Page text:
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Kingfisher to suspend international flights

Last updated on: March 20, 2012 21:19 IST

Kingfisher to suspend international flights

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Kingfisher Airlines on Tuesday decided to suspend all international flights from March 25 and further curtail domestic operations even as government warned the ailing carrier that its flying licence can be cancelled if it failed to meet safety norms.

"We have decided to suspend our international operations as we are not on IATA platforms. So, there is no sense flying abroad," Mallya, who was summoned by the DGCA, told reporters.Kingfisher will not operate its international flights in the summer schedule starting from March 25, airlines sources said.

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Image: A closed sign at the counter.
Photographs: Vivek Prakash/Reuters.

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Mallya, who had a nearly 90-minute meeting with the aviation regulator to brief them on the present situation ofthe beleaguered airlines, said, "We are not going with any ambitious target. We will be operating flights with 20 aircraft.

"The airlines, which was operating over 400 daily flights 64 aircraft in its winter schedule, slashed it to 170 flights with 28 aircraft last month. On Sunday, this was reduced to 130 daily flights.Mallya said he had told Director General of Civil Aviation E K Bharat Bhushan that there would be no disruptionsand "schedule integrity will be maintained".

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Image: Kingfisher Airlines Chairman Vijay Mallya speaks with the media after his meeting with Director General of Civil Aviation E.K. Bharat Bhushan in New Delhi
Photographs: Parivartan Sharma/Reuters.

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Ahead of the meeting, Civil Aviation Minister Ajit Singh put the onus on Mallya to maintain its operations and adhere to the schedule even as government constituted a special team to check whether the aircraft used by the airline were safe.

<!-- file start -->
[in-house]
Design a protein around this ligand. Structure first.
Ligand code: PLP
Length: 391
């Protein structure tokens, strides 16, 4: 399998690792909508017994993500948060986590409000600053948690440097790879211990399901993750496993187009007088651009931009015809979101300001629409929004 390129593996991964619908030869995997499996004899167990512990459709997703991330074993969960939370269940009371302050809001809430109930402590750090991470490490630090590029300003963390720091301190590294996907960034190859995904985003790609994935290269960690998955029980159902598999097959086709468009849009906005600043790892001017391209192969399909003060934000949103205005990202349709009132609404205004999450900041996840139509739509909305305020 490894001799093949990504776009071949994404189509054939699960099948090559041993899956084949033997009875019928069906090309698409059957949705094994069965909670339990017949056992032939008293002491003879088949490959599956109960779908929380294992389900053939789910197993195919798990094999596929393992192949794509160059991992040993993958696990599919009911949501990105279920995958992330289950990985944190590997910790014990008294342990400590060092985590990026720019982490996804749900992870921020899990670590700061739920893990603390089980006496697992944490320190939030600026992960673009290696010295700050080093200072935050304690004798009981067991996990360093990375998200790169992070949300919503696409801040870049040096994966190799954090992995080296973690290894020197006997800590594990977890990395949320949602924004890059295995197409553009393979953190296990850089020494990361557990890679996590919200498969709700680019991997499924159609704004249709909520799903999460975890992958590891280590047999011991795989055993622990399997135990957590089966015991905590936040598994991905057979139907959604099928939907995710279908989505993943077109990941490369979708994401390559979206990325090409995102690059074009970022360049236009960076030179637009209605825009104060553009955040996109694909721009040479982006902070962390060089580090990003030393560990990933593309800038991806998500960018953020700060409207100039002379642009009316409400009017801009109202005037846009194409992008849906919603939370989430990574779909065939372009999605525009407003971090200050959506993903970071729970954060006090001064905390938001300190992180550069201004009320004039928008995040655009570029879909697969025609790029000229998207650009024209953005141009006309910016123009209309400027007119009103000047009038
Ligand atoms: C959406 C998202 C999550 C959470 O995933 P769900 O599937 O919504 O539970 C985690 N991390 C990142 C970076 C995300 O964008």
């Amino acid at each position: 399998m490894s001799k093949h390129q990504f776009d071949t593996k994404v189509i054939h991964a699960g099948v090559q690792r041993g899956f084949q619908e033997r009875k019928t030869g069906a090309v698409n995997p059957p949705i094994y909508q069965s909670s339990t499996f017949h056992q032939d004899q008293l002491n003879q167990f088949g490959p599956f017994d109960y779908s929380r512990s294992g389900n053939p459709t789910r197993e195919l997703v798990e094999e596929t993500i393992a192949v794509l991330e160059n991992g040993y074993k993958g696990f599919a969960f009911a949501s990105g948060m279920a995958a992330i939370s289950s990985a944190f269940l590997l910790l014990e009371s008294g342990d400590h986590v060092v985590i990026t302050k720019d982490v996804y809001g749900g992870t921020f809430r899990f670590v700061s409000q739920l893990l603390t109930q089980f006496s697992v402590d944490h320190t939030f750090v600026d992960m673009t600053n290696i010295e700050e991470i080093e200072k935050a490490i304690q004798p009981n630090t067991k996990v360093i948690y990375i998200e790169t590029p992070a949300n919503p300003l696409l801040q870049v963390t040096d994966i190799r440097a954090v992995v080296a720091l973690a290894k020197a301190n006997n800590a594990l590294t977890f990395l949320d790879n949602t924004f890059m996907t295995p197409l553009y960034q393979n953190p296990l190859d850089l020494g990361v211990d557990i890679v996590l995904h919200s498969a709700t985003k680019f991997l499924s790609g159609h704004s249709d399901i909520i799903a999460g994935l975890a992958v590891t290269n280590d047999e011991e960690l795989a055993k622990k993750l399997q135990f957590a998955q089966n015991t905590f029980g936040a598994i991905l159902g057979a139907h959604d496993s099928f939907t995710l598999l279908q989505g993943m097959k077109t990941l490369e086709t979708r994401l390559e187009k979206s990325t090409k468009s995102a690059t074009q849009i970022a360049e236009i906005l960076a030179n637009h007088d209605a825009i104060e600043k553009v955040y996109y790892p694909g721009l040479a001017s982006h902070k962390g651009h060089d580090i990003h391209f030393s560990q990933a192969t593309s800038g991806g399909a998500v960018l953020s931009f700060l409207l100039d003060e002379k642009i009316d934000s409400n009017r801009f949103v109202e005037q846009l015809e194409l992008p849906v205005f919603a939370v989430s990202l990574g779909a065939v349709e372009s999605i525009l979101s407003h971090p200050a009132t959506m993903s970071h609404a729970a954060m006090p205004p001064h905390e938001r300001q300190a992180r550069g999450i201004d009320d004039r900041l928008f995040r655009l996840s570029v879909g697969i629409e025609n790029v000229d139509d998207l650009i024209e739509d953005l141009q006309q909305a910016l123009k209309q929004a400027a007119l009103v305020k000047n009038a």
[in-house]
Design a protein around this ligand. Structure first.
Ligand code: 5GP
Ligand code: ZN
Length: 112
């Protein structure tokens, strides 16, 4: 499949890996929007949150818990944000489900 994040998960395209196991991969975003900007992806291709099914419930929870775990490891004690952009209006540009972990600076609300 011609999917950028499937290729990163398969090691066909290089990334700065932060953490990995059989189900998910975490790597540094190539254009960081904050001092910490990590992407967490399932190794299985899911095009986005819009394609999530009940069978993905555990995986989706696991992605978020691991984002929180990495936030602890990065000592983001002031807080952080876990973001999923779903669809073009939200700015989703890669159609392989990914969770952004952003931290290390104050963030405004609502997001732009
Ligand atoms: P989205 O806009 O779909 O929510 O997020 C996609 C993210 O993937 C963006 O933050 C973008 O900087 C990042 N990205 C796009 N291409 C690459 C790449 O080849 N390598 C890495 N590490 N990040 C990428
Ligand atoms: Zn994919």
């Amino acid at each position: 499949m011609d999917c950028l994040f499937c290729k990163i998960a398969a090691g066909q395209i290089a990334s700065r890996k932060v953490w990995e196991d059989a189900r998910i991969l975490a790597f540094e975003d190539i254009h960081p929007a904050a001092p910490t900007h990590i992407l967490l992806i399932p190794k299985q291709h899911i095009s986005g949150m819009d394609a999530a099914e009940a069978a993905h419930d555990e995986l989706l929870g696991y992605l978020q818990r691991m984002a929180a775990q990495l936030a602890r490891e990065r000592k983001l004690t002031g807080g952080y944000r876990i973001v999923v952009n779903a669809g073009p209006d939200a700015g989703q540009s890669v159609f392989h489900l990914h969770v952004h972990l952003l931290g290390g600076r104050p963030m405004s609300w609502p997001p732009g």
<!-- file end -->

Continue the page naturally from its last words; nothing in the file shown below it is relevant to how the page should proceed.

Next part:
He said Kingfisher Airlines has not paid salaries to its employees, cleared dues to oil companies and to the AirportAuthority of India.

"Also they have failed to stick to their schedule. They have revised their schedule 2-3 times but they have failed toadhere to it. DGCA is checking on the passenger safety aspect whether the planes are safe and pilots were in goodcondition," he told reporters.

"If he gives a plan and says I have that many planes, that much schedule, then why should we cancel?" Singh said.

Image: A Kingfisher Airlines passenger.
Photographs: Vivek Prakash/Reuters.

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"If passenger safety is compromised we'll not let any airline fly. Safety norms also involves financial viability," the minister said.Mallya was summoned by DGCA on Tuesday to present a "clear picture" of the cash-strapped private carrier, as the aviation regulator mulled cancellation of its flying permit.

"We are working on several recapitalisation initiatives. Once it is complete, we will ramp up again and it will beunder the guidance and direction of the regulator," he said.After the meeting, Bhushan said Mallya has submitted some pointers for the airline's recovery plan and has assuredthat there the flight schedules will be maintained.

"The main problem is whether he (Mallya) will be able to defray his liability," the DGCA said adding there was no move for cancellation of Kingfisher's license.Regarding flight safety, Bhushan said, "there is no cause of panic" as DGCA officials were carrying out special checks of Kingfisher aircraft.

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Image: Kingfisher Airlnes parked at New Delhi Airport.
Photographs: Parivartan Sharma/Reuters.

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The Civil Aviation Minister said, "We are not giving last chance or first chance to Mr Mallya. He has to decide whether to run the airline or to how to run the airline. DGCA is looking after the situation. To continue to have the licence, they have to have five aircraft but at present the financial situation is bad," he said.

Singh also said a special flight audit team has been formed to check whether the aircraft were safe foroperations."We can't force him (Mallya) to run so many (flights). Closing the airline will cause more problem to passengers," he added.

The Minister also noted that the government has given many incentives to the industry like allowing import ofaviation turbine fuel, 49 per cent FDI. He said the import of ATF will reduce the burden of airlines by 8-10 per cent.

Kingfisher has a total debt of about Rs 7,057 crore and accumulated losses of about Rs 6,000 crore. Around 60 accounts of the airline have been frozen by the tax authorities for its failure to pay taxes after levyingit from the passengers.

Image: An employee in the Kingfisher Airlines office in New Delhi.
Photographs: Parivartan Sharma/Reuters.
Tags: DGCA , ATF , FDI , Mr Mallya , OMallya

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